2. I was one of the people involved in trying to warn sellers about this yesterday. In response to Eddie – these were very high value items and most sellers only had at most a couple of items listed. Even those who did only had a few of their listings compromised, not all of them. The number of listings in this case therefore is, in effect much the same thing as the number of accounts – nearly all the ones I saw were one listing to one account.

    In my opinion this was a phishing exercise, but quite a sophisticated one, which did not involve clicking on, or responding to anything in emails.

    I think the most sensible thing anyone who is worried about this, and who has listed a high value item recently (even or especially if it has finished and you are not regularly checking ebay) is to check your pc is free from keystroke loggers and change all your ebay and paypal passwords.

  3. I agree with the poster above. It sounds to me that it was a phishing exercise. It wouldnt be that difficult to achieve hundreds of hits through eBay because of the high numbers of users.

    I am not a huge fan of eBay as I stopped seller their a while back but I think if people bothered to visit their help pages they would find loads of info on how to minimise the chances of being caught out like this.

    A lot of people dont protect their pcs from attack but they wouldnt leave their front doors open would they? We should be as concerned about pc security as we are about our household possessions.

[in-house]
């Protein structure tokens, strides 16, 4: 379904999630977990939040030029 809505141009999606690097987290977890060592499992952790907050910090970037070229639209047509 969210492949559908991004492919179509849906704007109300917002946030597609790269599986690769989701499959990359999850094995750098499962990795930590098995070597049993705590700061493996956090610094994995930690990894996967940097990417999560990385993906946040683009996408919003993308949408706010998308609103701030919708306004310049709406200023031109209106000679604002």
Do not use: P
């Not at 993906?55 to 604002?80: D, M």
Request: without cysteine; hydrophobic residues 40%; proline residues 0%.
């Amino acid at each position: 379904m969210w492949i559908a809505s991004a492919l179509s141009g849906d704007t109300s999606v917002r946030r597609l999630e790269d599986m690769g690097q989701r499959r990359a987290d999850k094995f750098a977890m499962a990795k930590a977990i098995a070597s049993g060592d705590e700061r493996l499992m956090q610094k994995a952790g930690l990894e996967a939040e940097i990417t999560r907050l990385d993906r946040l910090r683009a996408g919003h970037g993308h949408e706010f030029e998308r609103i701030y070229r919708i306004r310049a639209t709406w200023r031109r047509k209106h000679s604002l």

4. Nice Sensored Blog You Have Here.. That’s OK.. eBay will have it’s day sooner or later.. It’s only a matter of time!

    DOC

  5. This may have been an instance of a well orchestrated scam that got user info from phishing…or not. We will never know. Taking eBay’s word for it is beyond ridiculous. An eBay spokesperson said that the Prosperpoint breach was a result of phishing which was a blatant lie. Why should we trust them in this case?

  6. eBay uses semantics to hide its site security problems.

    However it defines the word “hacked”, it is apparently excluding the social engineering scams that use embedded javascript within eBay item listings to steal personal data from eBay customers.

    1. Users already logged in to eBay are asked to login again when they land on poisoned eBay listings.

    2. These users did not respond to phishing emails, and may never have received a single spoof email.

    3. The users dutifully login again on what appears to them to be a legitimate eBay login screen.

    4. The login screen isn’t eBay’s at all, despite the fact that it was presented to the user from a listing screen within eBay.

    5. Because the users are returned to the real eBay site after giving away their ID/passwords, they are unaware they’ve just been robbed.

    6. The users later find out, to their dismay, that their eBay accounts (and possibly credit card data and/or paypal accounts) have been hijacked by criminals who got their info while the users were browsing on eBay.

    Since this method of identity theft does not depend on eBay being “hacked”, perhaps a new word is needed to define the problem – maybe “scamBayed”?

  7. Yep.. Internal Redirects are a big problem on eBay!